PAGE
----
When we are stuck, we can almost always see two options. The first is the “obvious” one that involves change. The second is doing what we’ve always done. For some reason change isn’t appealing. Usually it involves a compromise with some gains and some losses, and the losses are more than we really want to accept. Doing what we’ve always done doesn’t make us happy either, so we can just stay stuck in a swirl of non-action.
There is another option. If you’re stuck, try what’s behind door number three. Door number three is the option that requires you to fix the problem. This is usually the choice that results in a win/win. Let me show you an example.
Should I stay or should I go?
Door #1: Stay. Things aren’t great. That’s why you are asking the question. Yet, staying means that you don’t have to tell anyone you’re leaving. You don’t have to go to the trouble of leaving. Feeling those unpleasant emotions is avoided. You can also avoid the uncertainty involved with starting fresh. There is no change, but there is no further discomfort either.
Door #2: Go. You get out of your current situation, but the new one may have other problems. These can be known or unknown.
Door #3: Fix the problem, then decide.
“The problem” is almost always going to involve your attitude towards the issue. We can all change our attitude by adopting an attitude of acceptance. Acceptance doesn’t mean resignation, agreement, or liking something. It’s just a resolve to stop fighting against it. It’s about taking on an air of non-judgment. Sometimes just giving up the fight is enough to resolve the issue.
The problem is rarely about someone else. It’s almost always about the way you are responding to someone else. Everyone has a right to live as they want to live. So do you. If you don’t like it, or if their choices aren’t in alignment with what you want or your values, you don’t have to accept their choices. You will function better if you accept that they are who they are, and they did what they did.
Reframe Your Rules
Sometimes the problem involves a conflict in values. Using the “should I stay or should I go” question, your choice can look like choosing between like breaking a sacred vow and staying miserable. If this is the case, look for your invisible rules. Your invisible rules allow you to make meaning of things. If leaving an unhappy situation means that you’re a liar or oath breaker, and you see yourself as an honest person, of course you don’t want to go against that! We all want to be consistent with our values.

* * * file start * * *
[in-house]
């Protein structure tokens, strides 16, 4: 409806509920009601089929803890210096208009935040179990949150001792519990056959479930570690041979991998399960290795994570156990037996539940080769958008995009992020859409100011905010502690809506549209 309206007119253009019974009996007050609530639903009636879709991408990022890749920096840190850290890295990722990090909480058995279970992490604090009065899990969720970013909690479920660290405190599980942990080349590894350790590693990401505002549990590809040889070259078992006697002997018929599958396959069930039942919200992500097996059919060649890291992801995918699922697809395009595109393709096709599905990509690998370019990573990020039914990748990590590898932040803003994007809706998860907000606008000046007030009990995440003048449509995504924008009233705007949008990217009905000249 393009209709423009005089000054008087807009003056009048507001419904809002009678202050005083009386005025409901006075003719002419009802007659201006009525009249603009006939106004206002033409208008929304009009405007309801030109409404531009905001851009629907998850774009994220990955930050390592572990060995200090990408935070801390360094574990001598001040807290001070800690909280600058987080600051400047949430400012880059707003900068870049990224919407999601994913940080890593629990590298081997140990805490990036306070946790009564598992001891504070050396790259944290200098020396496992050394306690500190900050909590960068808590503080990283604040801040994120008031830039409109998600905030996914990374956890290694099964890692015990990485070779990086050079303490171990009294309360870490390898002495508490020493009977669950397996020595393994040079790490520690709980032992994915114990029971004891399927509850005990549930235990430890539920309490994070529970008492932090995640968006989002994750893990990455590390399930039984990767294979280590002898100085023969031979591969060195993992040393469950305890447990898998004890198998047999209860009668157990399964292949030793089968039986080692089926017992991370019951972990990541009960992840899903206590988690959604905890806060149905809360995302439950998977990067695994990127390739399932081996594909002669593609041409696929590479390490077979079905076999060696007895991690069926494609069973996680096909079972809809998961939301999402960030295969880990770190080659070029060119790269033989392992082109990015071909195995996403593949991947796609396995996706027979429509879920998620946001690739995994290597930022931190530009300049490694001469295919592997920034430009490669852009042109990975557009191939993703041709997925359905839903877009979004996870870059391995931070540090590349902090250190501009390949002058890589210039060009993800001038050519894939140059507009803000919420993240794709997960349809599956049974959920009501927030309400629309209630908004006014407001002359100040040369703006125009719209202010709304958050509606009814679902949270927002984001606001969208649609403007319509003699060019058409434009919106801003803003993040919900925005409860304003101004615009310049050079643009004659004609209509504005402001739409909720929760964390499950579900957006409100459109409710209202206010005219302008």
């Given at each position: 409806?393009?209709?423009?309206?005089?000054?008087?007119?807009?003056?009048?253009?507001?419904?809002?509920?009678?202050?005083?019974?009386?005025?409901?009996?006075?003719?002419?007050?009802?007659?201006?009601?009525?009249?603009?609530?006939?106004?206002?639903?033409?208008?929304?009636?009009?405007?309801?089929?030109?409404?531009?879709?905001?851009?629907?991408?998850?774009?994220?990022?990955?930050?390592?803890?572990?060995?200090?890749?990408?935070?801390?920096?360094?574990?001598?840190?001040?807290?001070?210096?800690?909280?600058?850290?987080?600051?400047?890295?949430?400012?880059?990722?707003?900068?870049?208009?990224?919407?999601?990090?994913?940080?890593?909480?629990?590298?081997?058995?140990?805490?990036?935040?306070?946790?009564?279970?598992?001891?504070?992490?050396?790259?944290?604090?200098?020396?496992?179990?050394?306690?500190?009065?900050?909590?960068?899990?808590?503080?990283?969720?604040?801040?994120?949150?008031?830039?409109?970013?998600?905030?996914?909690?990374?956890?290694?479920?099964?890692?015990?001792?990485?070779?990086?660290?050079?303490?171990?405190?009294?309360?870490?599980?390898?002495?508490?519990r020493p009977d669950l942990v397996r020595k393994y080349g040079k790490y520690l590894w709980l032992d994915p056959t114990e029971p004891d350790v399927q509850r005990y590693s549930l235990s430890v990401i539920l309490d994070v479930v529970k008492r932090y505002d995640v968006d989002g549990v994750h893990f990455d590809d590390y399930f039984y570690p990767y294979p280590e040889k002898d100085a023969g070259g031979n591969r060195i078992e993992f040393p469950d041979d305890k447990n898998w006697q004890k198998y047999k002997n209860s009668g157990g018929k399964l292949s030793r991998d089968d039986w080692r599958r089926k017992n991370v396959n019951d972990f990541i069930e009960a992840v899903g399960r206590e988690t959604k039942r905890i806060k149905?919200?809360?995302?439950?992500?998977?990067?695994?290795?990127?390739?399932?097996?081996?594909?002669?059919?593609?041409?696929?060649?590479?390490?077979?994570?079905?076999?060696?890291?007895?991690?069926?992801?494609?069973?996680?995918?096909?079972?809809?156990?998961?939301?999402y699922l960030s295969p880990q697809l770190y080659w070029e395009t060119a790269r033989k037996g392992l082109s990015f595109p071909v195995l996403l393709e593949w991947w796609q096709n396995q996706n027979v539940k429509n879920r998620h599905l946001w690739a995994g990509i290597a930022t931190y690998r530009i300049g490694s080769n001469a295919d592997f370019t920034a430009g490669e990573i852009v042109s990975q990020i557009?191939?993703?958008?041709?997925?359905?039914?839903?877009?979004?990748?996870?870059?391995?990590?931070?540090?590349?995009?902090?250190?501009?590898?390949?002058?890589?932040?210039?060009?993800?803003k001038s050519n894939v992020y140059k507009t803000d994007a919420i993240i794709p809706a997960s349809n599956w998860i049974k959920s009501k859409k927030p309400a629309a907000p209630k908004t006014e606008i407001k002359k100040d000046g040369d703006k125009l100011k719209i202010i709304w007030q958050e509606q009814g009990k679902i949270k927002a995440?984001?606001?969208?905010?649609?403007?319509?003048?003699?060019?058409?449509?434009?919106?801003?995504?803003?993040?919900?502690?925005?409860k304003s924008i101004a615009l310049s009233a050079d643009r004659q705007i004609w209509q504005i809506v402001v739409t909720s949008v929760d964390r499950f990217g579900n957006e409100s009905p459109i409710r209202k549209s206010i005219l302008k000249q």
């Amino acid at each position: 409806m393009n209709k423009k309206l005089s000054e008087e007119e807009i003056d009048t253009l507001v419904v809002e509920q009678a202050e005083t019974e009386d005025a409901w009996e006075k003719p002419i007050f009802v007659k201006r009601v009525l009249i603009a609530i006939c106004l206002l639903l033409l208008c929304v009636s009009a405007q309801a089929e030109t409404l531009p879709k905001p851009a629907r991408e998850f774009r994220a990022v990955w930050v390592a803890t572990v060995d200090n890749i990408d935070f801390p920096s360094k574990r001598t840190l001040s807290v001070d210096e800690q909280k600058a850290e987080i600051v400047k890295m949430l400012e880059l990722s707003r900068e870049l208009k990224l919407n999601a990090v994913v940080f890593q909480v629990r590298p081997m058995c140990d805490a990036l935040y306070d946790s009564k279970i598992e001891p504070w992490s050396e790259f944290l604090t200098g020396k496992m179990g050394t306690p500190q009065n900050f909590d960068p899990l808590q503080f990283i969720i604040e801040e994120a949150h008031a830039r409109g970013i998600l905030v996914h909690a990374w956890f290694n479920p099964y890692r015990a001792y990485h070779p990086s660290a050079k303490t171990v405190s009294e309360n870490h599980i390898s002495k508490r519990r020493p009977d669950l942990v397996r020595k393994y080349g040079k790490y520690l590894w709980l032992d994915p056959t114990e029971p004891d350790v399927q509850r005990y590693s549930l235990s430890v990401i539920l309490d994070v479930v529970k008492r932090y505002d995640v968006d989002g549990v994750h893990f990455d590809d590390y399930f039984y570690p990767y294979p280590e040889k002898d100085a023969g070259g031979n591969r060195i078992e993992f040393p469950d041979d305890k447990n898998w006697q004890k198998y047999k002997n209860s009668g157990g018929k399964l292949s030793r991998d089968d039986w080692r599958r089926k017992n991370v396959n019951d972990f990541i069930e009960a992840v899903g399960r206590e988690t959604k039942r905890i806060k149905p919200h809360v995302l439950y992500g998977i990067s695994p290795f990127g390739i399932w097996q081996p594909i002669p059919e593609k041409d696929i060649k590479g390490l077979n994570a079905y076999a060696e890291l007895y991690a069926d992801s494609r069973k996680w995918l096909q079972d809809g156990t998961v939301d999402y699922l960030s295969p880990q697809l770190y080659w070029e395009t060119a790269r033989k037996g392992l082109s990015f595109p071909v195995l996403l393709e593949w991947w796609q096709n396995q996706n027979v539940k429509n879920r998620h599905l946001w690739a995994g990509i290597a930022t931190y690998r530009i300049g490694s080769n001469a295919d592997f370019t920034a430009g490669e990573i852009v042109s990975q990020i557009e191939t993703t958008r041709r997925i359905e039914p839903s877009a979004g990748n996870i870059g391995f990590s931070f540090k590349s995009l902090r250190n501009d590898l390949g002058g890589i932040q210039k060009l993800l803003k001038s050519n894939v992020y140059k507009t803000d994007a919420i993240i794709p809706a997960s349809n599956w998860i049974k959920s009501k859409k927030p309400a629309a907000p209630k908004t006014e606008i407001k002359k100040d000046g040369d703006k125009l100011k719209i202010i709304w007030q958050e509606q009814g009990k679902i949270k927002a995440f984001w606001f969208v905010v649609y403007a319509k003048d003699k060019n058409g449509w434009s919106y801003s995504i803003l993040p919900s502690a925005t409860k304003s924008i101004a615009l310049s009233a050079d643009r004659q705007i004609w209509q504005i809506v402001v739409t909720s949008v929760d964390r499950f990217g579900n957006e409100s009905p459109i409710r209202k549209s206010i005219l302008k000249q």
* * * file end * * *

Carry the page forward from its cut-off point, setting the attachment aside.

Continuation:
If you reframe your rules, your meaning will change too. Be careful not to compromise your values though! This always leads to misery.
Let me give you an example of how this might work. Instead of saying that leaving your relationship makes you an oath breaker, you could say (if it’s true) that leaving allows you to be honest with your partner and yourself about how you really feel now. This perspective allows you to continue feeling like your an honest person.
On the other hand, you could change the meaning of staying. This one is easy. If you start with an attitude of acceptance and nonjudgment, the feeling of misery goes away. You could look at your situation as one of service and delight in the service. This is a great solution if you highly value contribution. You could look at staying as a means to stay connected which is awesome if you value love. Or you could say that staying is a way to stay safe, and appreciate what you have instead of looking at what you don’t have.
Do Something Different
Sometimes it’s not about attitude or rules. It’s about skills or applying skills. When this is the case, it’s time to do something different. The old way isn’t working. It’s time to try something new. If you’ve tried counseling to resolve the issue, maybe try a different therapist, different approach, or drop counseling altogether. If you’ve tried capitulating to keep the peace, maybe it’s time to try being assertive. Perhaps you tried controlling or manipulating things. Maybe it’s time to give that up. Or maybe you just don’t know what to do.
It could be time to upgrade your skills. There are many people out there teaching many things. We can all get better at everything. There is no limit to what we can do. Learning new ideas and skills is always going to give you more options.
If you’re just not applying what you know, perhaps a new approach is what you need. Find a buddy to help you. Accountability is a great tool. If checklists work to motivate you, try that. If you need to fine yourself in some way for missing deadlines, do that. At some point you have to decide whether the change you desire is really worth it or not. If it is, make it happen. If it isn’t, surrender to the idea that staying where you are is better than changing. It may not create change, but it will resolve the uncertainty.
The key to getting out of being stuck is to see other options. Start with door number three. If you need to create a door number four, five, and six, go for it. When you do your work, you almost always find an Effective solution.